Godfrey’s Guide: My Miraval Berkshires Scrapbook (and What I Packed) – briannap

woman with nice skin

Photo courtesy of James Baigrie

Godfrey’s Guide

My Miraval Berkshires Scrapbook
(and What I Packed)

In partnership with our friends at Miraval

Jean

Jean Godfrey-June is our beauty director, but her enthusiasms are many.

The original, much-loved Miraval spa in Tucson reflects the gorgeous, otherworldly landscape around it, as does
its spectacular outpost in Austin. Now, a new, much larger Miraval in the Berkshire Mountains does the same—and
in doing so, represent a third dramatically different experience. I expected craggy mountains, quaint New
England architecture, and beyond-spectacular leaves (I went, by chance, at the height of the fall foliage), but
I didn’t expect to feel as fully immersed in them as I did. At the same time, although I knew I was going to a
world-famous spa, I didn’t expect the instructors and practitioners to be as flat-out incredible as they were.
But the biggest, best surprise turned out to be a fluffy little barred owl called Oracle.

Going to a spa overnight during a pandemic involves a great deal of mask wearing (which can feel funny for a
minute during a treatment but quickly gets easier), handwashing, social distancing, and outside classes whenever
possible. In many cases, these measures deepened the experience: My 8 a.m. Qigong classes with a Qigong and Tai
Chi master were conducted beneath a stand of tall, yellow-orange-and-red maples under a brilliant clear blue sky,
for instance. As we felt energy moving through our bodies, we watched it move through the landscape: wind,
swirling leaves, shifting sunshine. When we ordered room service, it came packed in adorable picnic baskets. And
we chose activities best conducted outside anyway—hikes, working with horses, and of course, the aforementioned
owl experience.

picnic basket and Jean in nature

Being myself, I brought a lot of skin care: glow-boosting, skin-smoothing, ultramoisturizing
treatments. I wanted to frontload the results, so the first night, I deployed my 15% overnight peel—the most packable
skin treatment of all time, and there is nothing in this world like it for glow. After a late-afternoon
stretching class, a stroll through the Japanese rock garden with a few stops for raking, and a healthyish dinner
(the menu is more nice-restaurant than full-on cleanse, but you can customize) complete with several glasses of
wine, all I had to do before falling into the fluffy down pillows and comforter was swipe my skin with the
pad—about all I had the bandwidth to do at that point, truth be told.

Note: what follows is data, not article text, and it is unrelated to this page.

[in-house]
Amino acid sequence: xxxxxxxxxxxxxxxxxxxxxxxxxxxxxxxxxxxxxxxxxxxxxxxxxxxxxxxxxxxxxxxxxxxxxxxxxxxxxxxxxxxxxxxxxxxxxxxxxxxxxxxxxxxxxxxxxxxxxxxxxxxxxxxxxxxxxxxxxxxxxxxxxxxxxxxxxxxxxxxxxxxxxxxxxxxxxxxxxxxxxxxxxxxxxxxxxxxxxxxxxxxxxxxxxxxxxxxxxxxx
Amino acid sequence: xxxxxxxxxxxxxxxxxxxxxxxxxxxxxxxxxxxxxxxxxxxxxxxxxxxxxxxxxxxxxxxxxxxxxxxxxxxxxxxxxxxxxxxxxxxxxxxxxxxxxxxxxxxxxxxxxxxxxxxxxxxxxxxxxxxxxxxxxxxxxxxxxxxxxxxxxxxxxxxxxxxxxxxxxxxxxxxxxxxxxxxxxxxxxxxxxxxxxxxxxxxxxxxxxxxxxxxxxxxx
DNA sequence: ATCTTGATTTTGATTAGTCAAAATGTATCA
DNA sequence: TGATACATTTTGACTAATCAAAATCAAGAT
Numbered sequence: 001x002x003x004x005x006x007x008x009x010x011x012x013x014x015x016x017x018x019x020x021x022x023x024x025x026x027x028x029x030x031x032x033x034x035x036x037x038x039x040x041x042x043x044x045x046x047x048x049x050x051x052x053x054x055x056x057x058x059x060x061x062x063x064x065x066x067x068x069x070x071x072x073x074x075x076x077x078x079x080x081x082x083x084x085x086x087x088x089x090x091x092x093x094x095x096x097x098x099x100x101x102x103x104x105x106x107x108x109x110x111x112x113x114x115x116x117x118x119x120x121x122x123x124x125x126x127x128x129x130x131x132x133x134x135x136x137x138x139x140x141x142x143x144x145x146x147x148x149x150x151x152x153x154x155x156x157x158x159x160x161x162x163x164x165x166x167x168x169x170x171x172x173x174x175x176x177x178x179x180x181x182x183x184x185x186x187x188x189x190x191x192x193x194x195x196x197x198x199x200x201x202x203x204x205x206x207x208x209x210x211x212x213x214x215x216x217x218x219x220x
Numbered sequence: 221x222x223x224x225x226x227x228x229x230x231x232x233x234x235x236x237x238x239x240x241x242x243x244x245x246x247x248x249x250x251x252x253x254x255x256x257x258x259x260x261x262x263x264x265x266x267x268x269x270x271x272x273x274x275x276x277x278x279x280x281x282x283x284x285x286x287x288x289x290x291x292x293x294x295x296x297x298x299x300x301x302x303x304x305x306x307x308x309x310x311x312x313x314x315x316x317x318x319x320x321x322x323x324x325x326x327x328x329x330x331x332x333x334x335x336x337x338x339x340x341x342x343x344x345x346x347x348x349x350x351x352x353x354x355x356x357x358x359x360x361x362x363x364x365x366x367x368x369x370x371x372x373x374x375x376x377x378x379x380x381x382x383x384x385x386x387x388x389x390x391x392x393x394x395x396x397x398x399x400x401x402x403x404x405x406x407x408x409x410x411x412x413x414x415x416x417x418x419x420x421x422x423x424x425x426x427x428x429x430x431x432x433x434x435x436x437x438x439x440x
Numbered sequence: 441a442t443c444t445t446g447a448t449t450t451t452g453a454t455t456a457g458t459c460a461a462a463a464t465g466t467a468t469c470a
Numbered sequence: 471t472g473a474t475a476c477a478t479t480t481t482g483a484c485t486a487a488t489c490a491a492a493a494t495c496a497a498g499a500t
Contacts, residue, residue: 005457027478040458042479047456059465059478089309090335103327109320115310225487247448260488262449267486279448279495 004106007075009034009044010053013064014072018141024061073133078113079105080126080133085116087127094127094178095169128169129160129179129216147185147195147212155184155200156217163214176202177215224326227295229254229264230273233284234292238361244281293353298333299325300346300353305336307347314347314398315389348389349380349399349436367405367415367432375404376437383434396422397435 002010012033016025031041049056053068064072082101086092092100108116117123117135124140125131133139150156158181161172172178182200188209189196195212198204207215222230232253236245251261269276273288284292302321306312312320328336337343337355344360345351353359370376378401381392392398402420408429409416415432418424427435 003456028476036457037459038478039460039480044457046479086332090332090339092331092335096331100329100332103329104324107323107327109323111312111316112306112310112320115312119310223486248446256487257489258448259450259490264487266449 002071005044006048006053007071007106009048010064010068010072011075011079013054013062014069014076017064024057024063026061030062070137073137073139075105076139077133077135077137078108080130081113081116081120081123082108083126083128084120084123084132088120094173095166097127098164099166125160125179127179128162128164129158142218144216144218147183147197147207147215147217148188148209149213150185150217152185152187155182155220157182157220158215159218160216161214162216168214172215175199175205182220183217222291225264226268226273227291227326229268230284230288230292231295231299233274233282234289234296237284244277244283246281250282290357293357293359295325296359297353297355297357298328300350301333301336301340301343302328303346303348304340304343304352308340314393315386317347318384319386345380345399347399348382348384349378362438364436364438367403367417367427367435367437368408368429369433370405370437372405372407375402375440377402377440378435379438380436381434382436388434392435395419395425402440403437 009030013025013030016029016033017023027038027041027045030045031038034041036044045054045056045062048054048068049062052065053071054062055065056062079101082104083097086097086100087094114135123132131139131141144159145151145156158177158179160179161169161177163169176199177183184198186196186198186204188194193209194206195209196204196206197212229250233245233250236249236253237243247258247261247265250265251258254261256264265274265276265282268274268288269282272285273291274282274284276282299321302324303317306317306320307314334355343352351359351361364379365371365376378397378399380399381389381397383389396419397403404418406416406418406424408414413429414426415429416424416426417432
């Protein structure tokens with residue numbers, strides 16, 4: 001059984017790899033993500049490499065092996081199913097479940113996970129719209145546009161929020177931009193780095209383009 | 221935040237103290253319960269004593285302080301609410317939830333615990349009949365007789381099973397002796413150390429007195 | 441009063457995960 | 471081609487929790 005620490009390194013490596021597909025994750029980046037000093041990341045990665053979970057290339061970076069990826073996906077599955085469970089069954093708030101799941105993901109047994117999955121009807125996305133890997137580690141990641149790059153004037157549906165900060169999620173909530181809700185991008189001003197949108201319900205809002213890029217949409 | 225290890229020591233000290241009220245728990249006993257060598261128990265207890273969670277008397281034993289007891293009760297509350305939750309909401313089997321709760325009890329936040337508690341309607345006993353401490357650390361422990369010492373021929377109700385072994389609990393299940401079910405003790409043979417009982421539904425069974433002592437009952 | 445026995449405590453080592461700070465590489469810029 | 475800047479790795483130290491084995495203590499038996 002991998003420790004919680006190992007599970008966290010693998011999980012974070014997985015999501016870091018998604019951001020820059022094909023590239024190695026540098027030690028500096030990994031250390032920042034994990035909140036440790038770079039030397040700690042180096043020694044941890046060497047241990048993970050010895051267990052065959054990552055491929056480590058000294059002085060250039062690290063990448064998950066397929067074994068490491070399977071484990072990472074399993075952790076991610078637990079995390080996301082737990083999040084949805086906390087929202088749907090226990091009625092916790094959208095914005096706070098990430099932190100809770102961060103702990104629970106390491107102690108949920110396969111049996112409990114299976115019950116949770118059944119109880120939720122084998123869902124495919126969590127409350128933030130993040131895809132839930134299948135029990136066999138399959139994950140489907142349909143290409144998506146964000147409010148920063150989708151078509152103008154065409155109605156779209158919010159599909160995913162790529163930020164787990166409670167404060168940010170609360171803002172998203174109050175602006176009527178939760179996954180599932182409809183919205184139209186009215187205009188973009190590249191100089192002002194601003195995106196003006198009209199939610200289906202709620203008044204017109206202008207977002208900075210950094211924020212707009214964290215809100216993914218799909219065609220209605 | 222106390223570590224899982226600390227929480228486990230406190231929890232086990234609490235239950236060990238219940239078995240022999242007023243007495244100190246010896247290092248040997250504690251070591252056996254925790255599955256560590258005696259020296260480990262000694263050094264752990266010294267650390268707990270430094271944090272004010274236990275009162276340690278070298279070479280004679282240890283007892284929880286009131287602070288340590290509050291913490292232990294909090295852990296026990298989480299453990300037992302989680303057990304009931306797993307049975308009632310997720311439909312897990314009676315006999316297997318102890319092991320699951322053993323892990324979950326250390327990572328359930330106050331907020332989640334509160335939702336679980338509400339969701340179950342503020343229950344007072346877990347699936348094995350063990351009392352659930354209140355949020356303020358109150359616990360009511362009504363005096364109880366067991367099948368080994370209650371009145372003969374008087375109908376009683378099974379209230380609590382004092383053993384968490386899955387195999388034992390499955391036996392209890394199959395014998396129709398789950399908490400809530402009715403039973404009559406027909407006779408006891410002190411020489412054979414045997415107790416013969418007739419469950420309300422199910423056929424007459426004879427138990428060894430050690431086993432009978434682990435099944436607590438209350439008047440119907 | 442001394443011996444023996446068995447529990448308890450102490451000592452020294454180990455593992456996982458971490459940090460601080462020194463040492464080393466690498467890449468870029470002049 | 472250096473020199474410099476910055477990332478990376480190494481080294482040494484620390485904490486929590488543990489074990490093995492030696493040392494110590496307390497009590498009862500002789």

I woke up the next morning in time for the glorious Qigong class; the glow, even before an hour spent shifting my
energy out in the crisp air, was noticeable.

A SPA WEEKEND FOR YOUR SKIN–AT HOME

You can bring this arsenal with you on a trip, as I did, or you can stay home and get the same glowy
fabulousness.

Step 1: Overnight peel

This is the linchpin of the whole thing. Swipe it on over clean skin and hop into bed. Wake up, wash your
face (I brought the ultramoisturizing face wipes from RMS, which are amazing, saturated with pure coconut oil for
next-level moisturizing), and look in the mirror: That’s a noticeable difference.


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Step 2: Moisturize

After the intensity of the peel, your skin needs coddling. This face cream is packed with clinically
proven clean active ingredients, and it’s rich and thick and cushy and delightful, too. Extra credit: Eye
cream (this one was shown in studies to reduce the appearance of crow’s-feet). Smooth it all into your skin
and step back and assess again: more glow.


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Step 3: Oil

Whenever you feel like it—and if you’re using this oil, you will feel like it often, because it smells and
feels so good—pat on face oil. The skin-spa weekend is about just feeding your skin every last bit of
goodness.


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Step 4: Vitamin C

Every day except the morning after the peel, smooth vitamin C onto your skin before putting anything
else on your face (the morning after a peel it’s too much, as vitamin C has a mildly exfoliating effect). I
like to wait a few minutes before putting on moisturizer, oil, or both.


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Step 5: Sunscreen

Unless you’re absolutely not going outside at all, mineral sunscreen is key, particularly after doing a peel,
when your skin is a little more sensitive to the sun. I put it on over the top right before going out.


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Spa treatments are conducted—socially distanced and masked, of course—inside a gorgeous building inventively
designed by Clodagh with woven branches, stunning art pieces, the sounds and visuals of trickling water, and
lots of space, along with cushy robes, slippers, and blankets at every turn. The pedicure chairs are made with a
built-in massage option, and everything from the haircuts to the Reiki sessions is conducted by super
experienced, kind, assured masters in their fields.

spa image

spa chairs

Photos courtesy of James Baigrie

The soothing, luxurious nest of a spa stands in stark contrast to the rough, dusty horse barn, but real magic
happens in both places. The Arizona Miraval is famous for its horse program, and it’s not replicated here as
much as built upon. The practitioners are different, but the goals are similar: By working with a
horse—cleaning it, leading it, feeding it—you can experience real personal growth, psychological
breakthroughs, and deeper personal understanding. An extraordinary woman named Jen Leahey runs the program.
She guides the group (you can also do it individually, but I have to say, hearing other people’s perceptions
about what was happening deepened the experience for me considerably) in tuning in to both the horses’
energies and their own. “Horses are very sensitive—they pick up on your intention,” she said as we each stood